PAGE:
July 4th and “the limitations on our own freedom today:” An Interview with Kevin McGruder

July 2, 2024

Interview with Kevin McGruder

The July 4th holiday comes on the heels of both Juneteenth and Pride. What meaning do you think Independence Day has for queer people of color, if any?

I think for many queer people of color Independence Day reminds us of the limitations on our own freedom today. Queer people of color experience barriers to our freedom in areas such as wealth accumulation, housing discrimination, inequitable treatment by police, overrepresentation in prisons, the lack of protections against anti-LGBTQ+ discrimination in the workplace in many places, and other barriers.

You’ve lived, worked in, and written about Harlem as a home community for African Americans in decades past and in the present. What significance did Harlem have for Black queer communities, especially in the past?

Queer people were major participants in the Harlem Renaissance of the 1920s which promoted the work of Black creatives nationally. The 1926 journal Fire!! included the Richard Bruce Nugent short story, “Smoke, Lilies, and Jade” which had a bisexual protagonist. The 1932 Wallace Thurman novel, Infants of the Spring included a queer character modeled after Nugent. By the 1920s, the Oddfellows’ Hamilton Lodge (127th Street in Harlem) Masquerade Ball fundraiser, begun in the 1880s, had morphed into a cross-dressing ball that was covered in the local Black press, and attended by people with no connection to the queer community. By 1929 queer visibility had grown to the point that Rev. Adam Clayton Powell, Sr, pastor of Abyssinian Baptist Church, began a weeks-long campaign against homosexual pastors in Harlem churches.

What significance does Harlem hold for you personally?

Living in the majority Black community of Harlem from 1985 to 2012 provided me with a refuge from overt and covert white hostility, and also with a wide professional and social network. In the 1980s and 1990s there were incidents in which Black men were killed after being confronted by white men when they strayed into predominantly white neighborhoods (Michael Griffith in Howard Beach, Queens; Yusuf Hawkins in Bensonhurst, Brooklyn).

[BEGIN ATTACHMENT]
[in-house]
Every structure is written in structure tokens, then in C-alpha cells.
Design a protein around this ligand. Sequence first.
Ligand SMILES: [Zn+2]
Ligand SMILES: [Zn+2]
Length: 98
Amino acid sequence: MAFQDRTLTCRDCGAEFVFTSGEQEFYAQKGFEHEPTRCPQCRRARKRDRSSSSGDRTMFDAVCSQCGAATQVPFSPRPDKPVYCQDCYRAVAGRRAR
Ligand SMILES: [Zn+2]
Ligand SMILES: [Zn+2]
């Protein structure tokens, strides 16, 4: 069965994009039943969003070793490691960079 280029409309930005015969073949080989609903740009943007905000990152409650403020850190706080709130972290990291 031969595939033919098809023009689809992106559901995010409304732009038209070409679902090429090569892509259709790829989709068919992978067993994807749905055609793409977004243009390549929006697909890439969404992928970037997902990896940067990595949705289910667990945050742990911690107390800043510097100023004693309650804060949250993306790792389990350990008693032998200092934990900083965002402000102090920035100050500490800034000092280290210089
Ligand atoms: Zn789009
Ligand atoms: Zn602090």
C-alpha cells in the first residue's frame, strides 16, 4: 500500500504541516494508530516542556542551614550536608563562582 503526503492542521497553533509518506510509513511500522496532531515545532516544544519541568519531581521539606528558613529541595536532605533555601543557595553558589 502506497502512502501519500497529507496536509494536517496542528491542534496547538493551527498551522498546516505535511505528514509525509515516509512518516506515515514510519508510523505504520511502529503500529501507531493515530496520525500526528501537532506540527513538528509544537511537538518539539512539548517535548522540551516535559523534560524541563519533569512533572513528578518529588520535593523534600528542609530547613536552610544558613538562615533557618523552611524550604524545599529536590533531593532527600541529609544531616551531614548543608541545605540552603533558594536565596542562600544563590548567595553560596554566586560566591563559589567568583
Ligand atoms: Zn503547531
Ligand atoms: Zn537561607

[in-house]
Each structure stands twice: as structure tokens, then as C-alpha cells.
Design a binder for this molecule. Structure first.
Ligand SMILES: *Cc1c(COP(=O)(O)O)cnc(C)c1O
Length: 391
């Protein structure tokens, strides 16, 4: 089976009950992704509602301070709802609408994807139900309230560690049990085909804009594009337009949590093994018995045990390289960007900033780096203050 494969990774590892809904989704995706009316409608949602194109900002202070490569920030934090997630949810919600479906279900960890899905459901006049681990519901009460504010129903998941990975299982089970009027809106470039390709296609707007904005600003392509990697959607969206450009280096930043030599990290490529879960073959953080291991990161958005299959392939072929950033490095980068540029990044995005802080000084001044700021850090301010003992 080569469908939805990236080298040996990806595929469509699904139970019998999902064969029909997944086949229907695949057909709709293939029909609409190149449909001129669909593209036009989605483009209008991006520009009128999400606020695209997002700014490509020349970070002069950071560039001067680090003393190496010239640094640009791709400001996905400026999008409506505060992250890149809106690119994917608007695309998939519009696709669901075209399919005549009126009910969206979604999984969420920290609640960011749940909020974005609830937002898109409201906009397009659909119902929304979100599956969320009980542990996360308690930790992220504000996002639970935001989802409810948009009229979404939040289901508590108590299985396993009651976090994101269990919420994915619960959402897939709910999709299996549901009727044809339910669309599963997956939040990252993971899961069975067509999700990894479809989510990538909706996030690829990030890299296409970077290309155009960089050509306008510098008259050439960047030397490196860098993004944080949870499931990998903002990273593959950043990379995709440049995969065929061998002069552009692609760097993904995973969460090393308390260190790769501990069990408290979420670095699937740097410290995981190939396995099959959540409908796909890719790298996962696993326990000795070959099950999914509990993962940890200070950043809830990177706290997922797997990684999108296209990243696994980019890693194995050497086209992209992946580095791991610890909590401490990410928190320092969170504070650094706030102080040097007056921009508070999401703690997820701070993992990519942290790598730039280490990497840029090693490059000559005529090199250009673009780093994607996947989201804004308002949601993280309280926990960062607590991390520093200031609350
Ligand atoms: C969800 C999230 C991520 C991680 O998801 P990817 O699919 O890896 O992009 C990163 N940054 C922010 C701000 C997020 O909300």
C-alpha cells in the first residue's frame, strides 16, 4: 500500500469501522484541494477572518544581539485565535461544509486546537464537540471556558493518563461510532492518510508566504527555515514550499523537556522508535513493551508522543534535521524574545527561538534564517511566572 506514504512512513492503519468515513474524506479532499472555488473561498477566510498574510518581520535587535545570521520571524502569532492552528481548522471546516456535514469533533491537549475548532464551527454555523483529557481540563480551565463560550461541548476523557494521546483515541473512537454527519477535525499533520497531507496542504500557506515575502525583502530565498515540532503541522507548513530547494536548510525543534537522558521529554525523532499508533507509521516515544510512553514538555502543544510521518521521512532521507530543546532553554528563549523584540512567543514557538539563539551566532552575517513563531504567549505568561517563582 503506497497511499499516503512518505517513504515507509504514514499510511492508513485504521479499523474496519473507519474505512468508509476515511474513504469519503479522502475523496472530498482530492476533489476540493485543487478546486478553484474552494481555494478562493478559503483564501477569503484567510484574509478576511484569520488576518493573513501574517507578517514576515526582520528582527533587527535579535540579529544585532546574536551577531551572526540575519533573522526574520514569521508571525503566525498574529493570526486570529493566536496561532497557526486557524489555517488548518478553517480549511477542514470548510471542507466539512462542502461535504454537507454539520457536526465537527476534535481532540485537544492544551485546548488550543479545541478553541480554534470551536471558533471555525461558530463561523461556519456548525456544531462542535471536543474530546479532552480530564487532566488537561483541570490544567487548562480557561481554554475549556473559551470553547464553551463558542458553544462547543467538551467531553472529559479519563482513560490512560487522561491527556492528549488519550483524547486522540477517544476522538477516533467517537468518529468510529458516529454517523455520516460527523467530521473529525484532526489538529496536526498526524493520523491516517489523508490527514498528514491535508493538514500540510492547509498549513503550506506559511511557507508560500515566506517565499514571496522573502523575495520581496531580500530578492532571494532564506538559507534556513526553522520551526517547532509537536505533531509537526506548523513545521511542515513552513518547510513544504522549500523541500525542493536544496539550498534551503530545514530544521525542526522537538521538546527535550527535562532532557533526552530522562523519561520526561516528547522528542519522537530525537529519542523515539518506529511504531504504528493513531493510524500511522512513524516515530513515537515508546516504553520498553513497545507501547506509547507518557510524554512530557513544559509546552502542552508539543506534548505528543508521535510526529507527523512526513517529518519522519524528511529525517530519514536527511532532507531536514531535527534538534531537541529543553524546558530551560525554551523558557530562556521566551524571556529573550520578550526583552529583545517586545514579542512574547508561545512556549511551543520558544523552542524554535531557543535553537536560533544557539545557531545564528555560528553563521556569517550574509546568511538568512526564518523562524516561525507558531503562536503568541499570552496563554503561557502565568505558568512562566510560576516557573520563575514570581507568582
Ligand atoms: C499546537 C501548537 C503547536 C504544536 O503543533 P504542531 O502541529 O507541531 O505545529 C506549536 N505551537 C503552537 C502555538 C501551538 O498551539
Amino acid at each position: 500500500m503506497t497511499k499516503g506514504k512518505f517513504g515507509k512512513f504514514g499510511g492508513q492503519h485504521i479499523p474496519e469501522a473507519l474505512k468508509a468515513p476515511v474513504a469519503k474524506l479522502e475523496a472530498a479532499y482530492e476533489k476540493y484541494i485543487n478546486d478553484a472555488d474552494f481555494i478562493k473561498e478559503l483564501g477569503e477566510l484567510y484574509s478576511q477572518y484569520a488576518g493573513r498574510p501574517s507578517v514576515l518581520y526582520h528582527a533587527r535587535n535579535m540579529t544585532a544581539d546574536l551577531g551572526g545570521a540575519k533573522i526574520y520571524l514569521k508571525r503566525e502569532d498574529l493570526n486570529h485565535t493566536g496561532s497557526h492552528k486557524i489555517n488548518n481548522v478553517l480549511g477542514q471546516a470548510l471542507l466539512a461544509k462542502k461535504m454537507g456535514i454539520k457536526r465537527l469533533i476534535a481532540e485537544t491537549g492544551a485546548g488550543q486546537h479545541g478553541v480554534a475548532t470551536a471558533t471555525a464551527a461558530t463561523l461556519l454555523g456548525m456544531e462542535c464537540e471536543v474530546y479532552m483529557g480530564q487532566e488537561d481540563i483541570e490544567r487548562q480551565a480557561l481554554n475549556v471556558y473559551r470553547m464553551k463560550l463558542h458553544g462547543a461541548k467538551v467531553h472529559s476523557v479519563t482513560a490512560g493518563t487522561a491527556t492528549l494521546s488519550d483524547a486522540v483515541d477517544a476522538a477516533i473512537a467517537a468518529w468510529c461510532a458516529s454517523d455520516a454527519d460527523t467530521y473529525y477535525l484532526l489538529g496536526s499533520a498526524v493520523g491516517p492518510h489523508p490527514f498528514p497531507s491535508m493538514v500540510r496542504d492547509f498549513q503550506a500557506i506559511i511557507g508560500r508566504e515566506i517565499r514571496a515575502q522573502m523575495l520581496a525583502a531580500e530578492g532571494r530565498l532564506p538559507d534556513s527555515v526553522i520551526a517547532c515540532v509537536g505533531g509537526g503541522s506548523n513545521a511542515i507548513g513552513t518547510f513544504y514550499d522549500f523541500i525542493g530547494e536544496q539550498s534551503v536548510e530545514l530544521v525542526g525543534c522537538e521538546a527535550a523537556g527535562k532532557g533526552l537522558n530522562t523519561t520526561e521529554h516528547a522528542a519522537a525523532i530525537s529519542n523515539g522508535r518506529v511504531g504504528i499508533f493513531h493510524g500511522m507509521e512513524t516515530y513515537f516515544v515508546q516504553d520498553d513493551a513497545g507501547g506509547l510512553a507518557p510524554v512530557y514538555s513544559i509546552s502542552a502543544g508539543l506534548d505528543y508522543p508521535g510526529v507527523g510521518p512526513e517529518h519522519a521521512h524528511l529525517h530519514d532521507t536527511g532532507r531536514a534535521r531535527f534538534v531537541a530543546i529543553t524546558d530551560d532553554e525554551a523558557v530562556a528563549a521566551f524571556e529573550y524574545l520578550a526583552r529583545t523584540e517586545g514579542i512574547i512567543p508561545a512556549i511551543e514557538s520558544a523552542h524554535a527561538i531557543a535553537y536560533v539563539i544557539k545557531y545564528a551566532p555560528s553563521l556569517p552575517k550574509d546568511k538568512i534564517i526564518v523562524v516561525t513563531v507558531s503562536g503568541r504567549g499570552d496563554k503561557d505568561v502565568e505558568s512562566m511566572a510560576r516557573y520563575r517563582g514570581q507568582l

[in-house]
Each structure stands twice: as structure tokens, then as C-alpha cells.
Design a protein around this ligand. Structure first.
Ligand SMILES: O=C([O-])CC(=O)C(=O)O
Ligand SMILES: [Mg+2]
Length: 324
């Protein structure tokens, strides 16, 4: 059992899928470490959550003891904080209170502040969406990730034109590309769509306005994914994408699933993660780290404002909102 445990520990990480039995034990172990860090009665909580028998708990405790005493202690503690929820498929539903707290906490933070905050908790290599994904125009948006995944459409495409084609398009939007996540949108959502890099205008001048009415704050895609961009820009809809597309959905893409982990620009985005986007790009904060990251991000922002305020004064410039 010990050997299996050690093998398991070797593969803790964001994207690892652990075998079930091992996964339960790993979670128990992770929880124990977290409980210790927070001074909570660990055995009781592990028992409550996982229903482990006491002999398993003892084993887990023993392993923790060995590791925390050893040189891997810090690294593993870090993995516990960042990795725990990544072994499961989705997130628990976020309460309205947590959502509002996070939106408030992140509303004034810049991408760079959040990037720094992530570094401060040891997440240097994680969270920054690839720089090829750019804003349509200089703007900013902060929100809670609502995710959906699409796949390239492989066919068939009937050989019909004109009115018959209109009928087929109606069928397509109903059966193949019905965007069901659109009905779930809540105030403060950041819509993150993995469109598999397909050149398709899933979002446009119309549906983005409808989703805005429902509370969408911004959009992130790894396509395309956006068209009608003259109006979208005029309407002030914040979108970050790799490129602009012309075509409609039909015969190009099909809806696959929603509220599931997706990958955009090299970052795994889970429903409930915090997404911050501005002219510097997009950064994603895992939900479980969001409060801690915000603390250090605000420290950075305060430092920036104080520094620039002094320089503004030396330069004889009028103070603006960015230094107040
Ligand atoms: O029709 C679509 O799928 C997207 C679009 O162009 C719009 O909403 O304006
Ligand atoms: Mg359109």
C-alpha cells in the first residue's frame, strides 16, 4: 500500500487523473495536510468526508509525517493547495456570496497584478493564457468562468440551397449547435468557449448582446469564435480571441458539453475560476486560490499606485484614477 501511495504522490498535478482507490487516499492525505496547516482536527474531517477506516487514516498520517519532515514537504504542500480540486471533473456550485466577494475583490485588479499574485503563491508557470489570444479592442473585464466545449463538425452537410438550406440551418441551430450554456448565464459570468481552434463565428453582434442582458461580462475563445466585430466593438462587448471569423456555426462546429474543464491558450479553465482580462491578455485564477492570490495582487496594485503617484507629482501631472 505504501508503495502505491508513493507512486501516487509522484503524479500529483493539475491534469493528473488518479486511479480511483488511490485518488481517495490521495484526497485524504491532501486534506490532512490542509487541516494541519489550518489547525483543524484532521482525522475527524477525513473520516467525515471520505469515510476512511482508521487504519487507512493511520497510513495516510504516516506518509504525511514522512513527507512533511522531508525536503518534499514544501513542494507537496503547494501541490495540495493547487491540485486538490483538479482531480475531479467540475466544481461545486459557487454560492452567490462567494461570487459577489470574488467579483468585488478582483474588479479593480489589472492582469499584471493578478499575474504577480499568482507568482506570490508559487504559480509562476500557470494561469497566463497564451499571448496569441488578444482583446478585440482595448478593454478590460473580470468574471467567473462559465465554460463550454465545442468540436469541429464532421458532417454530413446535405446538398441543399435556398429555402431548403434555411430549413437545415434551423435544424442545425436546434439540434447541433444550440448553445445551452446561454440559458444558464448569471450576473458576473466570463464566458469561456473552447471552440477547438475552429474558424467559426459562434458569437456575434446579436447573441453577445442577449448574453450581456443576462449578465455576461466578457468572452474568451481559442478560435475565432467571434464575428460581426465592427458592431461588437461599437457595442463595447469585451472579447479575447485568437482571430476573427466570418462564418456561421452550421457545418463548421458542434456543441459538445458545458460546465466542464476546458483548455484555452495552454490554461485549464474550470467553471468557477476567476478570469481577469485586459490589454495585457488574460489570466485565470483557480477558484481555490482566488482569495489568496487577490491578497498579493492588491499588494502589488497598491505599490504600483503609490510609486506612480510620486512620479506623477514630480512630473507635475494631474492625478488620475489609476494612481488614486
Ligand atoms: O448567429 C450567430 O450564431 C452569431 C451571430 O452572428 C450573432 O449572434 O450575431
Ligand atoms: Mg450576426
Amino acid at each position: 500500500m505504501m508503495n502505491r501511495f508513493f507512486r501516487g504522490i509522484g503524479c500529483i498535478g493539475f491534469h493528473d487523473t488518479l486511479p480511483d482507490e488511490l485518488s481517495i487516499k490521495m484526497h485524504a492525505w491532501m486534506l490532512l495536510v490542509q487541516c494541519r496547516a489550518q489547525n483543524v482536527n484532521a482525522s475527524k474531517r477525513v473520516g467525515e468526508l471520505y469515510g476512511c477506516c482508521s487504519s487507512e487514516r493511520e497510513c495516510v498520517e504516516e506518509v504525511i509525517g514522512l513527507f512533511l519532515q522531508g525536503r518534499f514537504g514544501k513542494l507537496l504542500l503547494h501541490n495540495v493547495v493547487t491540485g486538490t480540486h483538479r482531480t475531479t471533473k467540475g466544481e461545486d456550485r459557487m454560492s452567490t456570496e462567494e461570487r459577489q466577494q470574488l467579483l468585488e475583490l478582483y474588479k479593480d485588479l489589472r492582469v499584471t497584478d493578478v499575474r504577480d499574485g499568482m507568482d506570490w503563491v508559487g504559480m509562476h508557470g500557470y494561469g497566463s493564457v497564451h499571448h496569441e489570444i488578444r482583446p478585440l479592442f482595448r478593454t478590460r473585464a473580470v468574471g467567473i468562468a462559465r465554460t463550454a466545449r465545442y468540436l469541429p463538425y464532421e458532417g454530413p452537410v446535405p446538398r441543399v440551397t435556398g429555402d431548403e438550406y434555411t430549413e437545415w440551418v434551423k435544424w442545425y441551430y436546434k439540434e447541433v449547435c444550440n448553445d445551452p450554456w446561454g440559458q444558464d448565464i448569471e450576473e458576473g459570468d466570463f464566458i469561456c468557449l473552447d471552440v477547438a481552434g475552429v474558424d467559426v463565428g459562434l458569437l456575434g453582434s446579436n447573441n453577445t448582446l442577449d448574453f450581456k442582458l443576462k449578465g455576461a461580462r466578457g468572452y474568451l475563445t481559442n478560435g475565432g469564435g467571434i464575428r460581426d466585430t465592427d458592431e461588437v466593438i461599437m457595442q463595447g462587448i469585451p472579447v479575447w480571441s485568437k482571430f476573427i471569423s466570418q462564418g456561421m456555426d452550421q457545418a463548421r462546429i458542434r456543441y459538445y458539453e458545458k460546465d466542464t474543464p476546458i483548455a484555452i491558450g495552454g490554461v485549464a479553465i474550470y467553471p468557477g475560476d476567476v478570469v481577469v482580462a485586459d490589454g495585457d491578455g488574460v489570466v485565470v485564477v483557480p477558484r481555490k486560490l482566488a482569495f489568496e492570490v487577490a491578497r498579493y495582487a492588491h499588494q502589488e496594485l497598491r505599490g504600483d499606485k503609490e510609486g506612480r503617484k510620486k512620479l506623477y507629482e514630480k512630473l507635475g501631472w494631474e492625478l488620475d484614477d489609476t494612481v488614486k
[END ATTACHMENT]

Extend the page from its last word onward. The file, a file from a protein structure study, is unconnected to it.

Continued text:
I joined the Abyssinian Baptist Church in Harlem in 1987 and became Director of Real Estate Development for the Abyssinian Development Corporation in 1991, which gave me an opportunity to play a role in the restoration of many vacant buildings in Central Harlem. At the same time, I led the church’s Archives and History Ministry which established the church archives. I also owned or co-owned two retail stores offering products celebrating Harlem, Home to Harlem (1990-1991), and Harlemade Styleshop (2000-2008).

You led Gay Men of African Descent for a number of years. Can you talk about the organization and its significance for the Black gay community and its place in the broader LGBTQ movement at the time?

Formed in 1986, Gay Men of African Descent (GMAD) began as a weekly Friday discussion group, in part because we were not always welcome in predominantly white gay spaces, or in predominantly Black straight spaces. The initial meetings quickly outgrew members’ apartments and shifted to the LGBTQ Center. I became Executive Director in 1997, a time when we received funding from the federal Centers for Disease Control to provide HIV prevention services in New York City. As Executive Director, I became acquainted with other LGBTQ leaders in

New York and nationally, and those connections led me to be invited to join the ALM

Board in 2023. I left GMAD in 2001 and rejoined the Board of GMAD about ten years ago. The organization was on hiatus for several years, but resumed the Friday forum online in 2023.

Today, many national and state queer organizations are led by people of color, including the National Center for Lesbian Rights, the Human Rights Campaign, the Task Force, and American LGBTQ+ Museum. What do these changes mean to you and to the movement’s ability to address its history of exclusion and racism?

Representation among leaders of LGBTQ organizations is important, but in addition to the leaders, we need to look at the composition of organizations’ Boards of Directors, their senior leadership, the organizations’ missions, and their policies to understand their level of commitment to creating a more equitable world for all queer people. I think we are making progress but considering the national headwinds striving to make our nation less equitable, we have many challenges ahead. We have to be strategic and organized to meet this moment.